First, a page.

Bad weather has a knack for getting people down. But when sad leads to SAD, there’s more that students can do beside counting the days until summer.
Seasonal affective disorder — known as SAD — is a form of depression that is most prevalent in regions of the country such as the Midwest, where it is particularly cold and dark between mid-October and mid-March.
Though many students tend to experience what is known as “winter blues,” Victoria Hays, associate director at the University’s Counseling and Psychology Services, said being formally diagnosed with SAD does not happen as frequently.
Often, people who have already experienced some depression come to realize that it worsens in the winter after consulting with a healthcare professional.
“It’s not as common to get someone coming in who’s never had difficulties with depression before and whose first diagnosis is SAD,” Hays said.
Information on the University Health System’s website explains that SAD is most common in women and in people between 15 and 55 years old.
According to a research report by John Greden, professor of psychiatry and clinical neurosciences, 4 to 6 percent of people have “full-blown” SAD and 10 to 20 percent of Americans exhibit some symptoms. Greden serves as the executive director of the University’s Comprehensive Depression Center.
People suffering from SAD often report feeling sluggish, slow or unmotivated. Other symptoms include drowsiness, weight gain and craving carbohydrates as a way to increase energy.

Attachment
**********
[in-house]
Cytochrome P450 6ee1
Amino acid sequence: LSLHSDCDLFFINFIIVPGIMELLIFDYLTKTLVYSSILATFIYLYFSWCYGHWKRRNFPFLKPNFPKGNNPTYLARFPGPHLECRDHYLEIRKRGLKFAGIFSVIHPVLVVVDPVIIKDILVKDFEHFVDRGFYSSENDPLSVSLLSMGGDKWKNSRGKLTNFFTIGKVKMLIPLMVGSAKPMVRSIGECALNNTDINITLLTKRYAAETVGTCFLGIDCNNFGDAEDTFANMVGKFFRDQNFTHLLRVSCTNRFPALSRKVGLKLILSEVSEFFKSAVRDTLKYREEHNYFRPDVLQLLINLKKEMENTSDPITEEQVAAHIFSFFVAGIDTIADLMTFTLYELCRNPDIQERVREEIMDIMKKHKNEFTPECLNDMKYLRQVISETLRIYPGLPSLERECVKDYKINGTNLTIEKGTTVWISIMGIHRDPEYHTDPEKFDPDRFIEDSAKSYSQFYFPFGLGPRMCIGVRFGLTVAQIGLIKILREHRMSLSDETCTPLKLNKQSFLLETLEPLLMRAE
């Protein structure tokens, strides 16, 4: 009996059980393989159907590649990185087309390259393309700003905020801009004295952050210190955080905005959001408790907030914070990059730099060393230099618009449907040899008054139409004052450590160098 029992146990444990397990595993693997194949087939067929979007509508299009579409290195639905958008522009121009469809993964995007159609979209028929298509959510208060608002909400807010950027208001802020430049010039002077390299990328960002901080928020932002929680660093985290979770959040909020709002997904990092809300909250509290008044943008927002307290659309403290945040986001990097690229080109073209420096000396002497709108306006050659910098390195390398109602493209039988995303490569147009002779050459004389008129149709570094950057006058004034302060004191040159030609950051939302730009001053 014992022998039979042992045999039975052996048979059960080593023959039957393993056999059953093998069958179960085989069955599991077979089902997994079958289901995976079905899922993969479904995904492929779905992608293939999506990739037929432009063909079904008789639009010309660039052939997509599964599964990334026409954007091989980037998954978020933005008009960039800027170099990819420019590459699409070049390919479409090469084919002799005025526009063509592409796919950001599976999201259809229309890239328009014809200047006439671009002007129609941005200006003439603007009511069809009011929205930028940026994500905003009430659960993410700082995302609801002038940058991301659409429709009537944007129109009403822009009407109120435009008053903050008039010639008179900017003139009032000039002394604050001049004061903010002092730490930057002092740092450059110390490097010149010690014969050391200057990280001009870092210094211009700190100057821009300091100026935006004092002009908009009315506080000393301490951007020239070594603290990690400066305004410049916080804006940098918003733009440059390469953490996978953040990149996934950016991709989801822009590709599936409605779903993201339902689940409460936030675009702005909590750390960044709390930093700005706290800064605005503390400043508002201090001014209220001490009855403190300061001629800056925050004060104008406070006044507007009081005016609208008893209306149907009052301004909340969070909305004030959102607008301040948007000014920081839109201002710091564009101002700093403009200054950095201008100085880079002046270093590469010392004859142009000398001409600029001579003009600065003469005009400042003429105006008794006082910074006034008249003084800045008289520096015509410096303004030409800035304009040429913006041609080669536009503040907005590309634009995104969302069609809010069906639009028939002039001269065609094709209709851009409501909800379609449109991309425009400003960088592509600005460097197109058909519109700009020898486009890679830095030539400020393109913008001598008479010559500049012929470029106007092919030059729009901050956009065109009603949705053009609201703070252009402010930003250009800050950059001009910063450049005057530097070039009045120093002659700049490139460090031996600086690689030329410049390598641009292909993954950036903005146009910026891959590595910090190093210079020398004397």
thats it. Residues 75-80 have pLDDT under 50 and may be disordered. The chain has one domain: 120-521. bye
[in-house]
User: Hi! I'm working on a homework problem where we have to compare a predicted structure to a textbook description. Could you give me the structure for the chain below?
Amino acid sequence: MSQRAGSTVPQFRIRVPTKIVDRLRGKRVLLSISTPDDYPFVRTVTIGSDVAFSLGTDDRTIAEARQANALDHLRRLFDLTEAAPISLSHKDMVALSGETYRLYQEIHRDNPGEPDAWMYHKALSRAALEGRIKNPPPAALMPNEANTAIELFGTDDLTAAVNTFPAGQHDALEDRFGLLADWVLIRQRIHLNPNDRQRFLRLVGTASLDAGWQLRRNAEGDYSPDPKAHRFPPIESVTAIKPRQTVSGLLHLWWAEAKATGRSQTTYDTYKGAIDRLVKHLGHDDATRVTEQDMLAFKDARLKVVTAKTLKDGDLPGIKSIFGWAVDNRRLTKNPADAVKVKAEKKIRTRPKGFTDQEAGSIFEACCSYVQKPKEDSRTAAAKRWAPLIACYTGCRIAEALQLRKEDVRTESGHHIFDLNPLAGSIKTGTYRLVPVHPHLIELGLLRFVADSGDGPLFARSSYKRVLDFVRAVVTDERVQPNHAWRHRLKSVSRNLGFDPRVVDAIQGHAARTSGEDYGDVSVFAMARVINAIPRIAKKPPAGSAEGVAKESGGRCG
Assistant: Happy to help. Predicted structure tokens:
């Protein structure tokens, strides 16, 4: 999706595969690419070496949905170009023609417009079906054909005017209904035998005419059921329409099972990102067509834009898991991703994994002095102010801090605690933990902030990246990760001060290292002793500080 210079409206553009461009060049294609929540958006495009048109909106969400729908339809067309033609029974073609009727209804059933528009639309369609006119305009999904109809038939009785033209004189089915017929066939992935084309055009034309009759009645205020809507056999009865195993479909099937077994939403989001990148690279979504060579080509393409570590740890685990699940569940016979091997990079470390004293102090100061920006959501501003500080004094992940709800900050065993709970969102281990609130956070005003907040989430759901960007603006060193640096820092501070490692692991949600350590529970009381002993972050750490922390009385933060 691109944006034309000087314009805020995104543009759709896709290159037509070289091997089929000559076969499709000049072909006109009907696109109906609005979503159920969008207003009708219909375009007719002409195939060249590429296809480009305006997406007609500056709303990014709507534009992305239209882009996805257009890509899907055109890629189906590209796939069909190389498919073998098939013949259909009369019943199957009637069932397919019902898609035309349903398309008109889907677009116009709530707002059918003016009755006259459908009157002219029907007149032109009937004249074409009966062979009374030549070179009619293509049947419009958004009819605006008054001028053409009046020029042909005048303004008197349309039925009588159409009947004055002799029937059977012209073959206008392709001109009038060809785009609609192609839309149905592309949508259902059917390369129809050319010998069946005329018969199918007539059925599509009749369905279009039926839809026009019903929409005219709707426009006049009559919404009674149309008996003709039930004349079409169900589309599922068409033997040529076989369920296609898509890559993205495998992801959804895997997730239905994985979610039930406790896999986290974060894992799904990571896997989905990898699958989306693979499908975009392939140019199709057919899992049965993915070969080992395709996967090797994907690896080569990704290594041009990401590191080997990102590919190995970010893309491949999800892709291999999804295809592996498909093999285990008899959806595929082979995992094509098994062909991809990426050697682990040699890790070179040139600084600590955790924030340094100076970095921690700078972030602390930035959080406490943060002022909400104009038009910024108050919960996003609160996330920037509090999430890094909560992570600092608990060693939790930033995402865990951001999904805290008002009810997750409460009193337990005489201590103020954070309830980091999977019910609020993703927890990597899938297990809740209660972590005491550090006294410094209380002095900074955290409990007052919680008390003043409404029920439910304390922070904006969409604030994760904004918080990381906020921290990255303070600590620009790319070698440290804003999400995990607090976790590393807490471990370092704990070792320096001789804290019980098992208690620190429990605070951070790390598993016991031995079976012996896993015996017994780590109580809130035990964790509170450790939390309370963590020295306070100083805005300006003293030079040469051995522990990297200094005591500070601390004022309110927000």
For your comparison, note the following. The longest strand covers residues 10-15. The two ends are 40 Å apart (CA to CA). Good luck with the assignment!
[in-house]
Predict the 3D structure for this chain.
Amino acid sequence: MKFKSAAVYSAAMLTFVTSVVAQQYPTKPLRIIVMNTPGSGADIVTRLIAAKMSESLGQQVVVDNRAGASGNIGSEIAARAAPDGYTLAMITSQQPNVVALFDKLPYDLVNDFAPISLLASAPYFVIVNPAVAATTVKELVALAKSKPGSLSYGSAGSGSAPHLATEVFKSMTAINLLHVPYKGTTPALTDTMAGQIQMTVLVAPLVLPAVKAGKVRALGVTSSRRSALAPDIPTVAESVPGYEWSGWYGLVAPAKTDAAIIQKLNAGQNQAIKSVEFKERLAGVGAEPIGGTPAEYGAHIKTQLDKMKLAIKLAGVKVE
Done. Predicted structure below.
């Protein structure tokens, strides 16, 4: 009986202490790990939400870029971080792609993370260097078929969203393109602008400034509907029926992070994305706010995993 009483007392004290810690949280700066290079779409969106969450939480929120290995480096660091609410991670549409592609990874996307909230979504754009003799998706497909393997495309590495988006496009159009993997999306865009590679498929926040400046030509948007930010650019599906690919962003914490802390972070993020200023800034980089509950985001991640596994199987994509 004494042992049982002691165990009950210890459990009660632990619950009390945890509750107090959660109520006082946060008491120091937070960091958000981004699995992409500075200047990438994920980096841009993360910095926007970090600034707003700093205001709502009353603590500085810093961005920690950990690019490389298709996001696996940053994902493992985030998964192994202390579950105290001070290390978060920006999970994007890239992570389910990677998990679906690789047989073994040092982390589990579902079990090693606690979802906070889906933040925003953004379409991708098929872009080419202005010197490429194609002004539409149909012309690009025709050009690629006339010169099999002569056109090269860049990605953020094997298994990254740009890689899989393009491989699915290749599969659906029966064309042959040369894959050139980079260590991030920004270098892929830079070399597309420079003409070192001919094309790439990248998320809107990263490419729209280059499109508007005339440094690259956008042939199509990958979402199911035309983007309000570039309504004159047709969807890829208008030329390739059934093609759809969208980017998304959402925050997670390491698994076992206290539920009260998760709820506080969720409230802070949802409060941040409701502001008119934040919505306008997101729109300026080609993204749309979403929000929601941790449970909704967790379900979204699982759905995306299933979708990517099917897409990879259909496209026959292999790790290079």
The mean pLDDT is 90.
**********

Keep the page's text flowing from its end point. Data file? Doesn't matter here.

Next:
Hays said SAD is primarily trigged by diminished exposure to sunlight, not cold temperatures.
“Some people are particularly sensitive to changes in the amount of sunlight, so when there’s less sunlight people feel a lot worse,” she said.
She added that the times of year when SAD tends to take hold and then taper off — mid-October and mid-March, respectively — are also high-stress times for students, which can make it hard to pinpoint exactly what contributes to the seasonal change in mood.
Light therapy is the most effective way to combat depression caused by a lack of natural sunlight. At the University, light boxes are available for use in the CAPS Wellness Zone and can also be purchased for personal use.
People who are susceptible to bipolar disorder should refrain from exposing themselves to too much light late in the day, as this can lead to hypomania or interruptive sleep. Generally, using a light box for 20 minutes in the morning three or four times a week is recommended.
Another common treatment is using a dawn simulator, an alarm clock that mimics the rising sun.
Greden also cited antidepressant medication and exercise as a treatment for SAD. Because limited amounts of sunlight can slow down biological clocks and delay sleep and hormone cycles, a combination of light therapy and prescribed medications can be particularly effective in some cases.
Hays said students who think they might be affected by SAD can go online to see if their symptoms meet the criteria and explore treatment options.
“Some of the initial treatment recommendations can be done without seeing a mental health professional, but you won’t know whether or not you actually have SAD without somebody giving the proper diagnosis.”
Because CAPS is a free service for students, it generally does not diagnose specific mental conditions and therefore does not track numbers of students who report being affected by specific conditions. However, the number one reason students seek assistance at Counseling and Psychological Services is for issues with anxiety. Depression is second.
The University’s Comprehensive Depression Center is located in the Rachel Upjohn Building at 4250 Plymouth Road. The center can be reached at 1-800-475-6424 or 734-936-4400.